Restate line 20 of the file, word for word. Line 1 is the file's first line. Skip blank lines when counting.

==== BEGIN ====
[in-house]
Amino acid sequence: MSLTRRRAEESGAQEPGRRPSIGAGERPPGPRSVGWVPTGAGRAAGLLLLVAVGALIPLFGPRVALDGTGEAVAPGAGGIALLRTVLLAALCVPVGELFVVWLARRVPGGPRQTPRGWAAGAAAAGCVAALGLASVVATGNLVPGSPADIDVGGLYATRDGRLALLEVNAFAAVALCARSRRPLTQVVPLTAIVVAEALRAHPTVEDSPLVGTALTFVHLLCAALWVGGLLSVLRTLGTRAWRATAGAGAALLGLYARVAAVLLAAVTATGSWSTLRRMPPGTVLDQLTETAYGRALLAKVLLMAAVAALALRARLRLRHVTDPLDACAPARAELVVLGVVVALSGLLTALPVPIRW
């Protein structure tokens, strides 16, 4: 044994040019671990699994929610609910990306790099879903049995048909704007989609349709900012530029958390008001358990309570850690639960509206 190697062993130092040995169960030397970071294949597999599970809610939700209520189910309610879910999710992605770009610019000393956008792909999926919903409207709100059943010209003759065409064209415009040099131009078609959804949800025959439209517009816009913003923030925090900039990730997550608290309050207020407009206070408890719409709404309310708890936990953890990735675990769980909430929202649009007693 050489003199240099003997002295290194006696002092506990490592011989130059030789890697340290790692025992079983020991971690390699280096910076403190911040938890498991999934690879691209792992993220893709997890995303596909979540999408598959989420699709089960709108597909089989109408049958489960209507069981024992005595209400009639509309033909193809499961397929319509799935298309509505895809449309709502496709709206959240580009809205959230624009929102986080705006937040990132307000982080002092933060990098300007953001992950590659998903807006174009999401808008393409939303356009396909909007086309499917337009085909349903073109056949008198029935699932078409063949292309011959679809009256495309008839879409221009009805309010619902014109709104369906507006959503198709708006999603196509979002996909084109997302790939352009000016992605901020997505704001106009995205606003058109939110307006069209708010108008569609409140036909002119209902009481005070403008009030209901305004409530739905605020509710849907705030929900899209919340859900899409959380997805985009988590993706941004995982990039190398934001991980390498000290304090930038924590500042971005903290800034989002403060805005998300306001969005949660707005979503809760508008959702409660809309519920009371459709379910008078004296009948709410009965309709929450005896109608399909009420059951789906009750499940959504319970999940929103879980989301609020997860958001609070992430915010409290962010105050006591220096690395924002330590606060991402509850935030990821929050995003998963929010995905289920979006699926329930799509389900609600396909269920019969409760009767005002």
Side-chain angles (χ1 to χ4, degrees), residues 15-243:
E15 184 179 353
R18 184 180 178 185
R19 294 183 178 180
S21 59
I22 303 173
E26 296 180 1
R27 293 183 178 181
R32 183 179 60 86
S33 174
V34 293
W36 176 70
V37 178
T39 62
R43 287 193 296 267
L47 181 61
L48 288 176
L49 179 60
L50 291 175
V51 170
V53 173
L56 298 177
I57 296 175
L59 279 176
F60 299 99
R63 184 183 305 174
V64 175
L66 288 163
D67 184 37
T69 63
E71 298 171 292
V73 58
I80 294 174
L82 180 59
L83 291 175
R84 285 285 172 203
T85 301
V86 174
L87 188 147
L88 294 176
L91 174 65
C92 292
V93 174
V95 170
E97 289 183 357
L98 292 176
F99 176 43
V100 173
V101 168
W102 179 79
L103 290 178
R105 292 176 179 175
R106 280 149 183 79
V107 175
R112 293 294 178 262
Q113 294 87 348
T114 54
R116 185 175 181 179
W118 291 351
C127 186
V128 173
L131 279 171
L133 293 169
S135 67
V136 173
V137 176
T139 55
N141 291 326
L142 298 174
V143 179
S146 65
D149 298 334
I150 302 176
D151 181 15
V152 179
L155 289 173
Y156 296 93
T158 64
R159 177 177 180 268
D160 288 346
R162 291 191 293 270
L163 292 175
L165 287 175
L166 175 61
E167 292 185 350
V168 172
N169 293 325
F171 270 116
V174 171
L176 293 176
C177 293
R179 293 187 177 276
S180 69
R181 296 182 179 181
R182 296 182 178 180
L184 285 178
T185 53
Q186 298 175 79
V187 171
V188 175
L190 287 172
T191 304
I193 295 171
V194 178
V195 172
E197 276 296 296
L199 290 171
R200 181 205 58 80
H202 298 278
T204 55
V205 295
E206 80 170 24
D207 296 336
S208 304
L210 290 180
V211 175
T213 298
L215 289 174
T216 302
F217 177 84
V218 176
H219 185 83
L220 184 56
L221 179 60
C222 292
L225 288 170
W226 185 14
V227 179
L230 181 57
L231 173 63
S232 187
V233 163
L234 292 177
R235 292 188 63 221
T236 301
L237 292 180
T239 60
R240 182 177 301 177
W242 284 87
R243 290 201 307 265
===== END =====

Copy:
L48 288 176